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After the Tsunami: Lessons from Reconstruction

By Tom Watson on January 6, 2006No Comment
TechnologyAfter the Tsunami: Lessons from Reconstruction

From The McKinsey Quarterly, by special arrangement.

Of the 14 countries struck by the massive tsunami of 2004, Indonesia and Sri Lanka were the hardest hit. In the aftermath, both faced the overwhelming task of reconstructing their societies, coordinating hundreds of agencies, and administering billions of dollars in aid.

Reviewing the experience of the first year could offer indispensable lessons for governments responding to future disasters. One key lesson learned by both Indonesia and Sri Lanka: establishing a national reconstruction agency separate from existing ministries was essential. Indonesia created the Rehabilitation and Reconstruction Agency for Aceh and Nias (BRR), Sri Lanka the Task Force to Rebuild the Nation (Tafren). Consultants from McKinsey, which provided pro bono assistance to both agencies, discuss in this article some of the specific experiences and their implications for other reconstruction efforts in the wake of major disasters.

Unfortunately, such lessons are far more than academic, as the hurricanes along the US Gulf Coast and the devastating Kashmir earthquake in just the past 12 months have demonstrated.

The tsunami was blamed for more than 165,000 deaths in those two countries, with massive economic devastation and the destruction of housing and the physical infrastructure along the affected coastlines. The humanitarian response just over $7 billion committed to Indonesia and $2.6 billion to Sri Lanka – has been equally massive. Reconstruction has involved coordinating the response of international NGOs, local NGOs, UN agencies, government agencies – a daunting task. Just knowing who was doing what, and where, was difficult.

After a disaster, information is the most valuable and often the most elusive asset. An agency must build an IT system to help gather information accurately and quickly from donors and affected communities; Tafren, for example, has adapted a standard, publicly accessible Web-based system for collecting, tracking, and analyzing data and for planning. By matching information from donors on how projects are progressing with feedback from a community on its remaining needs, reconstruction agencies can better align supply and demand and allocate resources more efficiently while monitoring the reconstruction effort’s overall progress. Such systems do exist and can be leveraged throughout the world.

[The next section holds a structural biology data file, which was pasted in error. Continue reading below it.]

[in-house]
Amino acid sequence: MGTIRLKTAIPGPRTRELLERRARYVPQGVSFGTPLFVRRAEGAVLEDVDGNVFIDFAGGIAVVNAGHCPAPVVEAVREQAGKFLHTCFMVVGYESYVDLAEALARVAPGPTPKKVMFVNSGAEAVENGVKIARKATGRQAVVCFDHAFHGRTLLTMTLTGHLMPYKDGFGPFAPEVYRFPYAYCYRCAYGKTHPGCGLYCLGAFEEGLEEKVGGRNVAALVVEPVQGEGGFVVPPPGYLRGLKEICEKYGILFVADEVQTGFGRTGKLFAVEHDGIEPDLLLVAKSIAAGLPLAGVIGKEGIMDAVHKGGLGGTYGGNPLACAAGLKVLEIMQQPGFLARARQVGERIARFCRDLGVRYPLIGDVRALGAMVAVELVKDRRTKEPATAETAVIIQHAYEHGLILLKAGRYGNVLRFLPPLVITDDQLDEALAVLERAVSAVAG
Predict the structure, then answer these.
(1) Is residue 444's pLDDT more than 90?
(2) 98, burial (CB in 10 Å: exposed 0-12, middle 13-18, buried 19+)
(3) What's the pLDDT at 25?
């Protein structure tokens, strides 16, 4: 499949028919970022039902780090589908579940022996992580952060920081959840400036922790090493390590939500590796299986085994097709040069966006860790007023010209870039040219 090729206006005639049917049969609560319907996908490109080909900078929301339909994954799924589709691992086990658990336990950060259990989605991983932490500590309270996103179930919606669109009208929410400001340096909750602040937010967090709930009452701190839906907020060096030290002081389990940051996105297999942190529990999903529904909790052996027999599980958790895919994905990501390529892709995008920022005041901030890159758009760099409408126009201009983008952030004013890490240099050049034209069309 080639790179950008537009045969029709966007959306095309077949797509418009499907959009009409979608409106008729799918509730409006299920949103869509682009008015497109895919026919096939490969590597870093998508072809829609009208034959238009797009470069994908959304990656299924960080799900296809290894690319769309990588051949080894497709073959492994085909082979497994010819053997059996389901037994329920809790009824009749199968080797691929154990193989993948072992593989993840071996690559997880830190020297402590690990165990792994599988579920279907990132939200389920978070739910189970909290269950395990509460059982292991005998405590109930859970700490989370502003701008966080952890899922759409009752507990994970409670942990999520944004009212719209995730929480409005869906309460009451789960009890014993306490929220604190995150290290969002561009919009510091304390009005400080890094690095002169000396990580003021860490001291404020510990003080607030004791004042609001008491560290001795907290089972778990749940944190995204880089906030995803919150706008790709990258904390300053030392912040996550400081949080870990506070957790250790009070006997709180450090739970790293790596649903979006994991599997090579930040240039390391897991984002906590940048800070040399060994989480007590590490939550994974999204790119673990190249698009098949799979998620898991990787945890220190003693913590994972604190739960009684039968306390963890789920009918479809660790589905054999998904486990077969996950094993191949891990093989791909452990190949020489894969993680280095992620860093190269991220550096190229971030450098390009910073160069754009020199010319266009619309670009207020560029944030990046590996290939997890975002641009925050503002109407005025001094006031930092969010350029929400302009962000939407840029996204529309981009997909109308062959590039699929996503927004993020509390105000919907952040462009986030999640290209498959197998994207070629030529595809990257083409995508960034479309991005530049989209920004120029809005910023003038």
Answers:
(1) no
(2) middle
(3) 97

It became evident that, to function effectively, a reconstruction agency must define its role clearly, establish a lean organization, and quickly demonstrate its value to the reconstruction effort. A reconstruction agency can’t succeed without support from the government and its ministries, national and multilateral donors, nongovernmental organizations, local authorities, and the private sector.

The reconstruction agencies provided skilled advisers, training, technology, funds, and planning tools to help local authorities improve their ability to coordinate and to make decisions. The agencies needed to identify and remove project-delaying bottlenecks – in many cases, simply by cutting through red tape.

The experiences of BRR and Tafren suggest the features a reconstruction agency needs to coordinate a rebuilding effort effectively. Yet even if the agency does everything right, certain external conditions must be in place if it is to complete its mission. Many different stakeholders should be partners in the reconstruction effort, which will only be successful if all participants play their proper roles.

One year out, there are numerous achievements and, sad to say, disappointments as well. Reviewing both is at once a laudable exercise in accountability, and a guide to designing and evaluating such complex projects in the future.

To read the full article, click on this link:

http://www.mckinseyquarterly.com/links/20233

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